"Not yet, sir. We were waiting for the country cheques by the midday post."
"What have you in hand?"
"About nine thousand pounds, sir."
"And what bills of exchange?"
The cashier was a little surprised.
"Quite a considerable amount, sir. We have only been discounting on the first of the month, so as to be able to get a better rate of exchange."
"Just so," Harvey observed. "I am going down to the Bank at once, though, and it is just possible that I might like to make a considerable deposit. Bring up the bills and the cheques."
Mr. Greatorex was puzzled, but he had learnt to have confidence in his new chief. He departed upon his errand.
"What is the matter?" Grace demanded, as soon as the door was closed. "You look worried."
He turned towards her.
"It is nothing much," he assured her, "just a little contretemps which I have been expecting for some time. By-the-bye, let me ask you something. You haven't heard anything lately from your lawyer friend or from Scotland Yard, have you?"
"Not until this morning," she replied. "You asked me to wait, so of course I did. This morning, though, an Inspector from Scotland Yard called just as I was leaving."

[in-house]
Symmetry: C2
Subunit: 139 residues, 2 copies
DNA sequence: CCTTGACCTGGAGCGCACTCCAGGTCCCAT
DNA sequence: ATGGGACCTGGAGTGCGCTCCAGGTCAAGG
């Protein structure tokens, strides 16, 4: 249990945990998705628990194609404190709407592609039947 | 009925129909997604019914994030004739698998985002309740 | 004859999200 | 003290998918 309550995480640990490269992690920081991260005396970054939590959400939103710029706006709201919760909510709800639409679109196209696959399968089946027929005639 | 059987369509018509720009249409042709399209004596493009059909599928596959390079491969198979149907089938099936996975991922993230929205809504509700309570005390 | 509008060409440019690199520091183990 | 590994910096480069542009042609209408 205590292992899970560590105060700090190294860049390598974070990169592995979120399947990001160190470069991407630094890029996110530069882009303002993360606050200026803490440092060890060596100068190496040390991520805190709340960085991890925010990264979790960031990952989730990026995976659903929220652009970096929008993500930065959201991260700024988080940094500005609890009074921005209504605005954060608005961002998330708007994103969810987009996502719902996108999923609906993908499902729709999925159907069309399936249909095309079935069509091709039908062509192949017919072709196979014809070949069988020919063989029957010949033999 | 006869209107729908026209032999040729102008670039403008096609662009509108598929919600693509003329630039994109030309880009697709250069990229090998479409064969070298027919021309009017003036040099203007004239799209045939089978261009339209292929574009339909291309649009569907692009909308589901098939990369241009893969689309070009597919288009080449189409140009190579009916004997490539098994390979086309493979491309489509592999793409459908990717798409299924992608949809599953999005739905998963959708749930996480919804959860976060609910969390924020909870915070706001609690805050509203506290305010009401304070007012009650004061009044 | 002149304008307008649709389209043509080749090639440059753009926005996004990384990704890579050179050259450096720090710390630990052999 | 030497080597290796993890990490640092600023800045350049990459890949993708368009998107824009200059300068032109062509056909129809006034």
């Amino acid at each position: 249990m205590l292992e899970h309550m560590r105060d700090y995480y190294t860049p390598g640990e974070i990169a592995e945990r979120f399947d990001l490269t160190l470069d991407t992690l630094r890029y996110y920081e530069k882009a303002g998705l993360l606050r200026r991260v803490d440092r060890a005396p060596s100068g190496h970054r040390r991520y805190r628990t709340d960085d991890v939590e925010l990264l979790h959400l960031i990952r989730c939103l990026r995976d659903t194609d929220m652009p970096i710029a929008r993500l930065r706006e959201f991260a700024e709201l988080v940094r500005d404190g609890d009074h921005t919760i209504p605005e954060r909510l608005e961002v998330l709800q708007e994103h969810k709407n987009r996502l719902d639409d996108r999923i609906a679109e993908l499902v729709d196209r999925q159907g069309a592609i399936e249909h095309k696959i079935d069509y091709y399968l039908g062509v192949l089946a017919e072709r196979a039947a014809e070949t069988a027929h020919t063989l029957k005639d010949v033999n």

"What did he want?" Harvey enquired.
"He asked me whether I had recovered any of my grandfather's property, and he pressed again for a list of the securities. I told him I knew nothing, but as soon as I had something definite to say I should come to Scotland Yard myself."
"Did that satisfy him?"
"Not in the least," Grace laughed. "In fact he was almost rude. I gathered that he had been in communication with some of them at John's River. Why are you asking about this just now?"
"It came into my head," Harvey replied indifferently.
Greatorex reappeared, carrying a bank messenger's satchel in his hand, the contents of which he displayed.